Moving on towards the Kenai Pennisula we crossed Cook Inlet close to Ushagat Island one of the Barren islands, again we had super visibility of the volcanos on the peninsula that shape this fantastic landscape. Arriving that evening Port Chatham a sheltered anchorage with friendly curious sea otters, noisy eagles and incredibly green hillsides with silvery slithers of waterfalls. Trip ashore to the crumbing old cannery with parts of an old steam boiler on the beach made for interesting beach combing.
Rounding Pt Adam the following day we had re-entered civilization, trip sport fishing boats were seen and heard bobbing around Flat Island, each boat reeling in Halibut up to 30lbs on a regular basis, our kind of fishing.
Making our way up the Kenai peninsula towards Kachemak Bay stopping in Port Graham then Seldovia for the summer solstice music festival, Using our bikes to explore the town and a couple of the local trails then rewarding ourselves with a good meal and an Alaskan Beer on the Boardwalk Inn’s terrace whilst watching the world go by in beautiful sunshine.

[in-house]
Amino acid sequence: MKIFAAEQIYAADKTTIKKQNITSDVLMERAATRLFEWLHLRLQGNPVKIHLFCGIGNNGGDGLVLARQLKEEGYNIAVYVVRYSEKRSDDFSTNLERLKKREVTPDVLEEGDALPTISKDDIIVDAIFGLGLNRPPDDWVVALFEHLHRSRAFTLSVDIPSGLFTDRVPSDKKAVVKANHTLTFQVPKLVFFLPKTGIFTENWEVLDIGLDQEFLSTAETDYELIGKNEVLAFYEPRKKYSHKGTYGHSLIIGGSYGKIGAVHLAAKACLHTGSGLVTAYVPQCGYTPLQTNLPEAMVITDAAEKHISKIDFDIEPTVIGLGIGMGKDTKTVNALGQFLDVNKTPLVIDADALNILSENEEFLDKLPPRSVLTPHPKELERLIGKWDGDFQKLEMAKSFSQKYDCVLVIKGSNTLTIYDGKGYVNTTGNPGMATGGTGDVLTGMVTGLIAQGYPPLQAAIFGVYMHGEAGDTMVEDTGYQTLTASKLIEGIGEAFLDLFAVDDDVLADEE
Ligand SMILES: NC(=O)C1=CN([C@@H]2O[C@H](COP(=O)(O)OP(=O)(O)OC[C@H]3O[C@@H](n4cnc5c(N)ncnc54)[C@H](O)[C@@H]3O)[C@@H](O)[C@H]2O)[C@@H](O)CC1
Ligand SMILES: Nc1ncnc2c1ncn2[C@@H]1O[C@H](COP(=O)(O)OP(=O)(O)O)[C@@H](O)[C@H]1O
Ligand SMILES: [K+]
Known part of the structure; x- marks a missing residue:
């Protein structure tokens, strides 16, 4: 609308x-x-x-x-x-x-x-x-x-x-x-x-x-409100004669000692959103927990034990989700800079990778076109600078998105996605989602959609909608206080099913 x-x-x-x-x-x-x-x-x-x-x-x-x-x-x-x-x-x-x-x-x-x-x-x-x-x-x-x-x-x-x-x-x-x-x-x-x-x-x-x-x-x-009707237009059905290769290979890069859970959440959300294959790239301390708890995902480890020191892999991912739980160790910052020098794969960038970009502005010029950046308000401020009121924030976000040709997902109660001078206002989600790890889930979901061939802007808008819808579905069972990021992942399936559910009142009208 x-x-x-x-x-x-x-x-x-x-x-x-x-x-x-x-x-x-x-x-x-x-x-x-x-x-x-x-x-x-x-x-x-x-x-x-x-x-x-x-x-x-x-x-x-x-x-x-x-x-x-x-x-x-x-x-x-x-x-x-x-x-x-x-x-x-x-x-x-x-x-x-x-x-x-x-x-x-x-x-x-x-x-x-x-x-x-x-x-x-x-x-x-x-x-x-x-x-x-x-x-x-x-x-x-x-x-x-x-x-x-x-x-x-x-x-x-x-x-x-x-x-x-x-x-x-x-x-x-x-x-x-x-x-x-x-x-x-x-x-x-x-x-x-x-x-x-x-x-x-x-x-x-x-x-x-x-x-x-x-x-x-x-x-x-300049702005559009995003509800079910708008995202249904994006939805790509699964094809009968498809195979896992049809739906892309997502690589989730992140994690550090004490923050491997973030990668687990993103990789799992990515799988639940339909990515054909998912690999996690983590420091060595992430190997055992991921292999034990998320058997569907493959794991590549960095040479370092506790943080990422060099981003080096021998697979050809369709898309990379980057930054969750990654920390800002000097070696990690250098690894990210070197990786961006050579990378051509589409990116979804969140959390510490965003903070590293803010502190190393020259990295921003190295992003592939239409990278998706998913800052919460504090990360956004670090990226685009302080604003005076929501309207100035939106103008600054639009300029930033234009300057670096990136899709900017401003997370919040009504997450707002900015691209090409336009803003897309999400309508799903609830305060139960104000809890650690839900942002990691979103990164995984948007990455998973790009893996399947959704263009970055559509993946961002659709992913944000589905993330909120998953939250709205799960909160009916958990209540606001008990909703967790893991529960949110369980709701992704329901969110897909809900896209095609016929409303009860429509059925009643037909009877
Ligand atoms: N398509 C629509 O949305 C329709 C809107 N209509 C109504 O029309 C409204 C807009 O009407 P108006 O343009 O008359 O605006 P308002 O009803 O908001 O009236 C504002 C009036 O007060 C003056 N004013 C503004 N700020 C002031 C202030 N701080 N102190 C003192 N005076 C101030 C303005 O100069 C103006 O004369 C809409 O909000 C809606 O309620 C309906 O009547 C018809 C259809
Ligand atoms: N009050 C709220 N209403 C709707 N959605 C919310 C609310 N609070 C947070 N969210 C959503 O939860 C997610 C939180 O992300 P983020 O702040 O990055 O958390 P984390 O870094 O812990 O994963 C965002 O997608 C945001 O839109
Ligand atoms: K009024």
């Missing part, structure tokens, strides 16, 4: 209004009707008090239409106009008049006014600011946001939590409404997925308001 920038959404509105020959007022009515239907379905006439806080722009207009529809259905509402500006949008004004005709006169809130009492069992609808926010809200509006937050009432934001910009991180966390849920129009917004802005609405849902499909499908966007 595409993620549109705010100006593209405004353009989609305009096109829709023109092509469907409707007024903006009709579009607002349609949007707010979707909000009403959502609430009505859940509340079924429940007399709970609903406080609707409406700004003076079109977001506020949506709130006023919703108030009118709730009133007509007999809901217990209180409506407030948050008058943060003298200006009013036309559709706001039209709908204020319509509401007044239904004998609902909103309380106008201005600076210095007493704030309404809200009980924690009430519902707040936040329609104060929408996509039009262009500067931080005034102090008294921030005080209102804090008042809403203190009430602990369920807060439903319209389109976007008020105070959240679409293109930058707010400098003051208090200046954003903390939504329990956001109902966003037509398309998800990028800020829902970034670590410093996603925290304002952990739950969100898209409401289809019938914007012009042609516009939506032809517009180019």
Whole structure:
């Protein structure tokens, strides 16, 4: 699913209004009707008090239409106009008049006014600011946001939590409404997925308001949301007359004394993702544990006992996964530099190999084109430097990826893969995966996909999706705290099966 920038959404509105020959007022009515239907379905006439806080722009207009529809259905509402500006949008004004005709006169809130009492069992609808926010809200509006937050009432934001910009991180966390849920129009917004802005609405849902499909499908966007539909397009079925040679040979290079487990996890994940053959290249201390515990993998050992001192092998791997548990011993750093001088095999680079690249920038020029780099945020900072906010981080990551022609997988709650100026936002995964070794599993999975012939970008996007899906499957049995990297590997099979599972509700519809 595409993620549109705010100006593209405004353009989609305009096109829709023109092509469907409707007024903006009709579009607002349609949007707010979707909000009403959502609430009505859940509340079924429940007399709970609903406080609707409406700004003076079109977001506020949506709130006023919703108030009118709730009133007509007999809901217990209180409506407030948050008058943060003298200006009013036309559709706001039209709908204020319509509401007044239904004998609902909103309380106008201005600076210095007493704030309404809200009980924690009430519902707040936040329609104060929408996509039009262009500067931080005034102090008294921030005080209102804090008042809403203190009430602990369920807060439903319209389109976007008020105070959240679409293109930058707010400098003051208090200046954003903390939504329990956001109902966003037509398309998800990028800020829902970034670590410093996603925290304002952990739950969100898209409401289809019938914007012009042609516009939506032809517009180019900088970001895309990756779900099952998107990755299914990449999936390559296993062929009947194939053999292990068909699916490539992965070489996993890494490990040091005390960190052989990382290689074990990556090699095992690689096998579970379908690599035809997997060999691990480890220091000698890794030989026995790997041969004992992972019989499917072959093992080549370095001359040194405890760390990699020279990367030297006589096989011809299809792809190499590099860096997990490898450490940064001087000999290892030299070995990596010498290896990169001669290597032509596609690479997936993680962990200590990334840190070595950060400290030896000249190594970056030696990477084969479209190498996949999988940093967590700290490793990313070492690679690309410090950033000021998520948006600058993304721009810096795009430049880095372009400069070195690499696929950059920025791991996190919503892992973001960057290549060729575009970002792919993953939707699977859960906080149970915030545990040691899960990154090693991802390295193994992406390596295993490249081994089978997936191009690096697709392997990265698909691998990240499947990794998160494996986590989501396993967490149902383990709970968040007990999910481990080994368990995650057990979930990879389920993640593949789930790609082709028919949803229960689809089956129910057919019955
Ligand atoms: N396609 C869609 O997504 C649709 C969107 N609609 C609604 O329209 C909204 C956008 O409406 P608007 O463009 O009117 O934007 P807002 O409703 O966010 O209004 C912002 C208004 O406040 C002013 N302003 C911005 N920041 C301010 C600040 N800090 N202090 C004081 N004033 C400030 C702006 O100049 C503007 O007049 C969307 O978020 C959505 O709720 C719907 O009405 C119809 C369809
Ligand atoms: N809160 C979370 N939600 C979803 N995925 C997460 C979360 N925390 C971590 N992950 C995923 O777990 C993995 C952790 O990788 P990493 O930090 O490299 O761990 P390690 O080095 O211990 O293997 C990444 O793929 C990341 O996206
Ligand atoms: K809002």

Moving on we stopped in Halibut Cove before getting to Homer where we had intended to spend the winter, we were really pleased we didn’t not because Homer is a bad place, it’s just the spit really is the longest inhabited spit in the world and during the winter we think we would have been the only inhabitants! It would have been a long four and half miles to the town of Homer on cold wintry days on a bicycle.
During the summer the spit is a hive of activity fishing charters leaving every day returning with hauls of halibut which is expertly filleted and packed for you while you enjoy a beer in the Salty Dawg Pub! RVer’s camp on the spit in summer, the wild lupins in the grasses as you cycle the spits path make a beautiful foreground for the breath taking backdrop of the mountains and Kachemak State Wilderness Park, an inviting cruising ground for the locals.
From Homer, Ali made a whistle stop trip back to the UK for her sister’s wedding, meanwhile Les returned to the fishing grounds to secure his own catch of Halibut, also looking for a suitable beach to dry out on, he found this in Bear Cove at the head of Kachemak Bay, enabling him to check the anodes and clean the propellers winter growth of barnacles.